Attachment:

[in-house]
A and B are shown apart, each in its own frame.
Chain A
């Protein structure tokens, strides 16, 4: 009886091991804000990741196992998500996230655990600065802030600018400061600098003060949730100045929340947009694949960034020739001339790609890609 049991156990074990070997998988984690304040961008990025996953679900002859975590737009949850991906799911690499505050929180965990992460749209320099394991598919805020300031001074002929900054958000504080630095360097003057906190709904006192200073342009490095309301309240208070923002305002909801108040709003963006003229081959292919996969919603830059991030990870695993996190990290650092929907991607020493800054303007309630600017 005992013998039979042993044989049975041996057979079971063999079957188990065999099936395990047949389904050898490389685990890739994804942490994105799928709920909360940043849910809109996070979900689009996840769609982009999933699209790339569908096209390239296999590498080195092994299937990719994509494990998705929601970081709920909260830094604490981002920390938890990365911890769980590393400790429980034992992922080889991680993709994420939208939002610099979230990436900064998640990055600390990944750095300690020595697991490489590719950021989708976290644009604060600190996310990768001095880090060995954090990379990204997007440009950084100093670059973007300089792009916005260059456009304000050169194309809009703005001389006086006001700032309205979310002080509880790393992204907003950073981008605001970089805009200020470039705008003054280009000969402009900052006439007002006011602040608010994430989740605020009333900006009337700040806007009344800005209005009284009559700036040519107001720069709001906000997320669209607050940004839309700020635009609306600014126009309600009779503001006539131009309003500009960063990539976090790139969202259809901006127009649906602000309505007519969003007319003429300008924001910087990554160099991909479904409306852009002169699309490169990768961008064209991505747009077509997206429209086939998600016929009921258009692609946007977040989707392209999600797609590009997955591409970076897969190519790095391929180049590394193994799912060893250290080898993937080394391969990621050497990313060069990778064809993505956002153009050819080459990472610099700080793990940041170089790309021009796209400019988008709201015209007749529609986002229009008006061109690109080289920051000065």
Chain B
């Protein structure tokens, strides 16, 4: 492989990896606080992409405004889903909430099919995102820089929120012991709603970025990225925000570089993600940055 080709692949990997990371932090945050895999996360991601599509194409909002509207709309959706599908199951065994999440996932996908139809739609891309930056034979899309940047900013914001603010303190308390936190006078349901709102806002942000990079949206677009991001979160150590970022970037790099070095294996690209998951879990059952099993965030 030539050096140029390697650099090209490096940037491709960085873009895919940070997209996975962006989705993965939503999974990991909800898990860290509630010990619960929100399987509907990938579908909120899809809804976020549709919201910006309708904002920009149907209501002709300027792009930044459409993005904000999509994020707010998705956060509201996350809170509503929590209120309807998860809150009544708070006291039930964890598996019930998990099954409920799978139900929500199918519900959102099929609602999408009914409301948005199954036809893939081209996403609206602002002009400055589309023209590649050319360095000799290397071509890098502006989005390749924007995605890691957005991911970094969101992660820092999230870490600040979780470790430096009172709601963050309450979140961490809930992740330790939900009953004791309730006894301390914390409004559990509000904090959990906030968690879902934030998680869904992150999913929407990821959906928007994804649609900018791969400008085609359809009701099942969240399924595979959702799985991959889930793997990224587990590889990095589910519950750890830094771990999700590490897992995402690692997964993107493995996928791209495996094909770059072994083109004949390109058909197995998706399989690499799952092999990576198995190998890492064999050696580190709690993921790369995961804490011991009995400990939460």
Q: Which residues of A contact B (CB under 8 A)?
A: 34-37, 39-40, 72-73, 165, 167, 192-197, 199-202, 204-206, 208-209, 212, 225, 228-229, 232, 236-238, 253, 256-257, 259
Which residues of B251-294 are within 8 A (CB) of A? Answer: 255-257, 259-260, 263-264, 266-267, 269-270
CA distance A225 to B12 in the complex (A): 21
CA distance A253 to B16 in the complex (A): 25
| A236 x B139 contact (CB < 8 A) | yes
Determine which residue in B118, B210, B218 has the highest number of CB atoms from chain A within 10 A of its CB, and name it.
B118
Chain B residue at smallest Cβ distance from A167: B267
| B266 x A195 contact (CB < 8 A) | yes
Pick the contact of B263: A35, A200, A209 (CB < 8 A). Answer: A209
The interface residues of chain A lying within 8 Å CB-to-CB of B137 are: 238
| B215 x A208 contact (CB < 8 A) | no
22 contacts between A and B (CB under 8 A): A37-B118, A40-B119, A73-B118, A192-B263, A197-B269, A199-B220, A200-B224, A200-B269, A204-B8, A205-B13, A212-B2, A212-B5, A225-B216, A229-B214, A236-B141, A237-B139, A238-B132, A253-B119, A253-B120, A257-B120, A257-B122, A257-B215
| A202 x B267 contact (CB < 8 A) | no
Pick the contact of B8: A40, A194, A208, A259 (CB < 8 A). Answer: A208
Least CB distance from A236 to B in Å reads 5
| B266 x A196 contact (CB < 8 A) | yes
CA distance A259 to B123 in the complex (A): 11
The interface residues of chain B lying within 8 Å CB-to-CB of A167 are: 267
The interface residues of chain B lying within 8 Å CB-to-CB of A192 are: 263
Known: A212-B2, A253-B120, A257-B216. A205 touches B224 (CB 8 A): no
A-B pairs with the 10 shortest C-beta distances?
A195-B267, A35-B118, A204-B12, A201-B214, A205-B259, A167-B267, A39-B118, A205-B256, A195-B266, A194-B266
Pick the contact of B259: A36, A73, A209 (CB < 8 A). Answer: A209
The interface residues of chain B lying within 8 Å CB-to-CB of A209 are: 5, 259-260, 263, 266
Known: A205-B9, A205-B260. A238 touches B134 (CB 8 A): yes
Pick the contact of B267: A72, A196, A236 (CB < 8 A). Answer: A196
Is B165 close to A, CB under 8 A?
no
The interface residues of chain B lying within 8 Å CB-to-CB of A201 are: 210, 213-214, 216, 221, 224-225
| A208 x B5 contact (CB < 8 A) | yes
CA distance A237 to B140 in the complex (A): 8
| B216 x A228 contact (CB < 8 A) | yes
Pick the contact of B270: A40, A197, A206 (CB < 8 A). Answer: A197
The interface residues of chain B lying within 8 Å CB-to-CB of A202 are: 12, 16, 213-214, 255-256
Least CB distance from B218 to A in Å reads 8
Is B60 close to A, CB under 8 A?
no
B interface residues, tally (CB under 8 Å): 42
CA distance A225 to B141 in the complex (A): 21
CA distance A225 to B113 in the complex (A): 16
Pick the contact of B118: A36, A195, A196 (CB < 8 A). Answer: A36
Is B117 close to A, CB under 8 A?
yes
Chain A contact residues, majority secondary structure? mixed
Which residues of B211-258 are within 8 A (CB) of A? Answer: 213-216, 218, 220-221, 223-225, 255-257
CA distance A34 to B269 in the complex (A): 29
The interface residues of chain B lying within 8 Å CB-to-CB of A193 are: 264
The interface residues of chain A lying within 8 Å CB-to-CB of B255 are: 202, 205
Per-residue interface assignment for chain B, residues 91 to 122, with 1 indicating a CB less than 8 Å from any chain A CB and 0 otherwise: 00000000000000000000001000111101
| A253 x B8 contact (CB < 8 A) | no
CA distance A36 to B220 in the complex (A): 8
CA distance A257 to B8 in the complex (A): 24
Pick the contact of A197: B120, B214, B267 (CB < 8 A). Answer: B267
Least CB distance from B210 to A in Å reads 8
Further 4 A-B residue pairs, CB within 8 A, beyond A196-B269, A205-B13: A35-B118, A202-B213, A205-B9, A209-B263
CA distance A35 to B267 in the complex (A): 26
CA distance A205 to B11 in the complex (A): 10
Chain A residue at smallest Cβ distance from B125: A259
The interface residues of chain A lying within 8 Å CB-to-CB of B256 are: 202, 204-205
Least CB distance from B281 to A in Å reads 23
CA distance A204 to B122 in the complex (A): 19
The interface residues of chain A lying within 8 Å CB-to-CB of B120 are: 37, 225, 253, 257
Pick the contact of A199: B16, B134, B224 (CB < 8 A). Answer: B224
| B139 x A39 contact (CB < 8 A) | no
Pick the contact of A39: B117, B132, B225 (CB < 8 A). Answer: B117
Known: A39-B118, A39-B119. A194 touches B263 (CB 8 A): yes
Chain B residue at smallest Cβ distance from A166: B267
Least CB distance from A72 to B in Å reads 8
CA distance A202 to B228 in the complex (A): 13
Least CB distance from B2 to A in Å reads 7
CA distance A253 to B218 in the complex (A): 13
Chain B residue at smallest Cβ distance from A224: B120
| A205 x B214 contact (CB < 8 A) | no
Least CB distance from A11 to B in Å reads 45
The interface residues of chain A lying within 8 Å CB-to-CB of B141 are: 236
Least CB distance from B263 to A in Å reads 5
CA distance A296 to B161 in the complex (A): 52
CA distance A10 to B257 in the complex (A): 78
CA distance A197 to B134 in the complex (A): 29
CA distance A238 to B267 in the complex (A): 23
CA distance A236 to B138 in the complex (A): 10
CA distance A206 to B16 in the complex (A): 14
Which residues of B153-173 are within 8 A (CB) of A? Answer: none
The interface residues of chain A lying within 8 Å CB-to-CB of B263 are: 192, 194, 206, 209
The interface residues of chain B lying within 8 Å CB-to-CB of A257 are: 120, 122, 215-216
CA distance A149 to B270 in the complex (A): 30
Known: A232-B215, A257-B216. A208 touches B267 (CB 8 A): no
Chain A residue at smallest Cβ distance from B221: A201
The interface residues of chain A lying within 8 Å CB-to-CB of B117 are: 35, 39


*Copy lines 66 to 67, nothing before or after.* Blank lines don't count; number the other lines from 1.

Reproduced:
Chain A residue at smallest Cβ distance from B125: A259
The interface residues of chain A lying within 8 Å CB-to-CB of B256 are: 202, 204-205